This experiment has proceeded along two tracks, with two distinct but complementary intentions. I want them to learn to appreciate the varieties of this incomparably rich art form, which means learning to endure and even enjoy being occasionally bored, confused or scared. I also hope they will develop a taste for the act of moviegoing.
The recent releases they have seen include “Casino Royale,” “The Illusionist” and “The Pursuit of Happyness,” none of which bored them or troubled their sleep and all of which seemed to me to be much better suited for their age cohort than mine. “The Illusionist,” in particular, with its star-crossed romance, its theatrical effects and its carefully turned plot twists, struck me as the kind of thing that would delight a bookish, intellectually curious fourth or fifth grader, and I was startled to see it in a theater full of adults. But I was gratified to hear my own children, on the subway ride home, puzzling out the intricacies of the plot and arguing about its ambiguities, just as the grownups did.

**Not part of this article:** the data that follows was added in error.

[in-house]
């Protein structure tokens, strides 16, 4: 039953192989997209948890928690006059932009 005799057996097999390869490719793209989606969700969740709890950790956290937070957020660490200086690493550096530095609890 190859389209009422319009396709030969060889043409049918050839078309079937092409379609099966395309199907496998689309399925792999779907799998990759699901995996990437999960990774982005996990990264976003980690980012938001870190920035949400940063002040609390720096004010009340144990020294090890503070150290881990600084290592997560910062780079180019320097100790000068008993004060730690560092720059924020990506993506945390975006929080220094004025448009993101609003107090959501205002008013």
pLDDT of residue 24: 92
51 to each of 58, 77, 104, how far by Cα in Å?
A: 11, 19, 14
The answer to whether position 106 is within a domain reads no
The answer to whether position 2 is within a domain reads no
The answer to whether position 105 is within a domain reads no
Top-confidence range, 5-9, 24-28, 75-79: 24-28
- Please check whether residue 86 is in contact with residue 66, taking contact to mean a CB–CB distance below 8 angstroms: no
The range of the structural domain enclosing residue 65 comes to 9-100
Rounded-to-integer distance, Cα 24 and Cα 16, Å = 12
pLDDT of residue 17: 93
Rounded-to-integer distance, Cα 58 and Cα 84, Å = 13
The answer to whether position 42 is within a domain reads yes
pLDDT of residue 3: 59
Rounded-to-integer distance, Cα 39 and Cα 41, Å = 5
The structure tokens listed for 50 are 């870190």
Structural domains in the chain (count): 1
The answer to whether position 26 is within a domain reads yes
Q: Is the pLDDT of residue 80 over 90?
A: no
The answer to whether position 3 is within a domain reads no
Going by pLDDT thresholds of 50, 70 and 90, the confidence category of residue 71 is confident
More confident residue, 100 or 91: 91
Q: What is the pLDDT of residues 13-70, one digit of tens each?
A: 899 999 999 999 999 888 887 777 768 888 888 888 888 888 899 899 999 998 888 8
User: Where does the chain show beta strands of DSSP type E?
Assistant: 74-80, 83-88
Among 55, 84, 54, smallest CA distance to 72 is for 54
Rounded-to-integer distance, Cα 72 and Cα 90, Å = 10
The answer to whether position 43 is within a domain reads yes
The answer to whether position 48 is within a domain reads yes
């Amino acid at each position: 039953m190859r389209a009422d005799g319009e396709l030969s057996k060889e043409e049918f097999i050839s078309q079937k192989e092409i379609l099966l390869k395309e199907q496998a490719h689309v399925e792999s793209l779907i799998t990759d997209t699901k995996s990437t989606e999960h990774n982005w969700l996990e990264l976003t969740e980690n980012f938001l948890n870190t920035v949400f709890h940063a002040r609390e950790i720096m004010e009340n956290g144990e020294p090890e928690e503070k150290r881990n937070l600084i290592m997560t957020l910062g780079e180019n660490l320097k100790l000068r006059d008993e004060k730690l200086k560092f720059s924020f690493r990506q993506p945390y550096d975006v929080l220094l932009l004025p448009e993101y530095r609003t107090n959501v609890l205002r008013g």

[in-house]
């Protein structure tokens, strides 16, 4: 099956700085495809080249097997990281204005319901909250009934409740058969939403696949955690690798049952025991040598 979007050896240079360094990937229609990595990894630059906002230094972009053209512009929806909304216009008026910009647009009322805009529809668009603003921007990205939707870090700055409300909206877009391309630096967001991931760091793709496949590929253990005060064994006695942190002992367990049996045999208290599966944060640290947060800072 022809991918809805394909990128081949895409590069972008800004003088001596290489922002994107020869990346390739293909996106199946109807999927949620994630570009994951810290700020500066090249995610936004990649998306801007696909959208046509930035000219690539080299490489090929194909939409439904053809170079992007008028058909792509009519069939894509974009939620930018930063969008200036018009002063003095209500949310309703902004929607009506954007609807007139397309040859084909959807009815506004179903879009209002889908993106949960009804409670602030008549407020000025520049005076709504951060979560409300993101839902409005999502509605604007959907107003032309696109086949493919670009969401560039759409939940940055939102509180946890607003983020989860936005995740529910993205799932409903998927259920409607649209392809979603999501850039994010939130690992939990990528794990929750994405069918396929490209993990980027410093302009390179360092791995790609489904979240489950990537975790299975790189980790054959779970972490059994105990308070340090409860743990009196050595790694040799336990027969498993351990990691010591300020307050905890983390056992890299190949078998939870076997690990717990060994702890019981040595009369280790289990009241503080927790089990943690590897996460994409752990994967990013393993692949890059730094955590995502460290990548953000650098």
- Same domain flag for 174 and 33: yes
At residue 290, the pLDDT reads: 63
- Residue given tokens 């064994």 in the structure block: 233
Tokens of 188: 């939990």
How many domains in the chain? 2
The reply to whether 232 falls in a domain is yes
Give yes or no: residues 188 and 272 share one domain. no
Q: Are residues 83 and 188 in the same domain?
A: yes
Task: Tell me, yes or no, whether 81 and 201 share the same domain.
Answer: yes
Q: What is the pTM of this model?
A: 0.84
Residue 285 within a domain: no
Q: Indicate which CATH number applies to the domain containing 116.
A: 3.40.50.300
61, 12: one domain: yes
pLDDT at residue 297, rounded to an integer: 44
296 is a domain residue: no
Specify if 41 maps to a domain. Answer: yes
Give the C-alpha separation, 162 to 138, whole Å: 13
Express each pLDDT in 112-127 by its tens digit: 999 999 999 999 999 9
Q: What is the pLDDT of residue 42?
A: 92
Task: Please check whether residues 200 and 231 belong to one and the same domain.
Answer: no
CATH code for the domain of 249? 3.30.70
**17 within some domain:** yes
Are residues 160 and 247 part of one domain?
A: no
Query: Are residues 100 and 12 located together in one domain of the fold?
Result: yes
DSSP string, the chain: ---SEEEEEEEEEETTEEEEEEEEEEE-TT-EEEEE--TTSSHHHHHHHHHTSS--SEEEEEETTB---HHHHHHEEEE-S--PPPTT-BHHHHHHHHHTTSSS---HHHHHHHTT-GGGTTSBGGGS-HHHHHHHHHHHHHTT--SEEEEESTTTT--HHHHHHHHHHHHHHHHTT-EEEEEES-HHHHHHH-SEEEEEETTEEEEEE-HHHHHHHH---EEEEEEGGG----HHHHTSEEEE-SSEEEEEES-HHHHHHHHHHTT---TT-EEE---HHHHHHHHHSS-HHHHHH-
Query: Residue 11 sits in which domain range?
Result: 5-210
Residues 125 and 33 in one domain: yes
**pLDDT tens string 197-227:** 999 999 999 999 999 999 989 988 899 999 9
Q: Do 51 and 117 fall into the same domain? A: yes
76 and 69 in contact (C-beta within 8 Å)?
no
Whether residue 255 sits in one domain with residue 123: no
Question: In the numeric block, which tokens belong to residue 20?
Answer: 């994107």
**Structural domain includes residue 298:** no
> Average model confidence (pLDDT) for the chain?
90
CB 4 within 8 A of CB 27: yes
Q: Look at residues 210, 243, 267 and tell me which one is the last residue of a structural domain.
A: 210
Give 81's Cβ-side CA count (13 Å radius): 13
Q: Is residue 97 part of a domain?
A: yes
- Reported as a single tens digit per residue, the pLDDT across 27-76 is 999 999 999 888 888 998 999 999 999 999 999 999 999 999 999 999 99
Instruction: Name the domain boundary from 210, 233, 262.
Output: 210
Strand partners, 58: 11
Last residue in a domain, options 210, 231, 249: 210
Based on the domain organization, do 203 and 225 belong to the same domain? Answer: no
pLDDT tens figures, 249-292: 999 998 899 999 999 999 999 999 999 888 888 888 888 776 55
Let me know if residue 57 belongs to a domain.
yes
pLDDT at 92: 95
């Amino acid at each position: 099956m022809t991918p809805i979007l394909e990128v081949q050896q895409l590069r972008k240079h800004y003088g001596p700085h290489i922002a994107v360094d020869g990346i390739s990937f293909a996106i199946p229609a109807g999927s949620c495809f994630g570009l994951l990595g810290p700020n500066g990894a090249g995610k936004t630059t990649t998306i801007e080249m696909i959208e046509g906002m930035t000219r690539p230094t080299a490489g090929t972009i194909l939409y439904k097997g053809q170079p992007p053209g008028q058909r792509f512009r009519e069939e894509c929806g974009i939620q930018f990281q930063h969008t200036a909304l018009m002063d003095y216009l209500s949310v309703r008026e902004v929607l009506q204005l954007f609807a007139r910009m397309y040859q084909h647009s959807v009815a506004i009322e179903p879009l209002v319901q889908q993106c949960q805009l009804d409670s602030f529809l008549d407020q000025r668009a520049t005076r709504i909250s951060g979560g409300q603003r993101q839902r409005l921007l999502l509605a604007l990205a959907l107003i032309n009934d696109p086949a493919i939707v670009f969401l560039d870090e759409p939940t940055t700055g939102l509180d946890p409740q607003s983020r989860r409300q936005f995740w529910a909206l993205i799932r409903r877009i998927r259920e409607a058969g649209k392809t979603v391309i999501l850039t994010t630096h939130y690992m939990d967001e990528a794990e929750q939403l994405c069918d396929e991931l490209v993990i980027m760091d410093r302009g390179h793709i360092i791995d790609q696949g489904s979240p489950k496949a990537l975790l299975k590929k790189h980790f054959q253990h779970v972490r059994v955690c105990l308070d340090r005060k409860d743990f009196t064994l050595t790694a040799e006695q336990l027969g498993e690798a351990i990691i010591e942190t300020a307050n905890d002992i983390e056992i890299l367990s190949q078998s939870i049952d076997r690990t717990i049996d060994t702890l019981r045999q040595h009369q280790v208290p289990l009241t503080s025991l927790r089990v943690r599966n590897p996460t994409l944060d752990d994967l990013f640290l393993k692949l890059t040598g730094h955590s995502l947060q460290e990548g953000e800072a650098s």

Our house is full of DVDs, many of them acknowledged classics, reissued and remastered for rediscovery. And we have watched Charlie Chaplin and John Wayne, “Casablanca” and “Frankenstein.” But we also comb through the weekend movie listings in search of those dwindling numbers of screens that will show us old movies the old-fashioned way. On Saturdays we frequently find ourselves in sparsely peopled rooms staring at ancient shadows.

Some adjustment of expectations is required: in the old movies people frequently talk faster and move more slowly. They burst into song without self-consciousness. There are fewer cuts, longer scenes and occasional visual anomalies.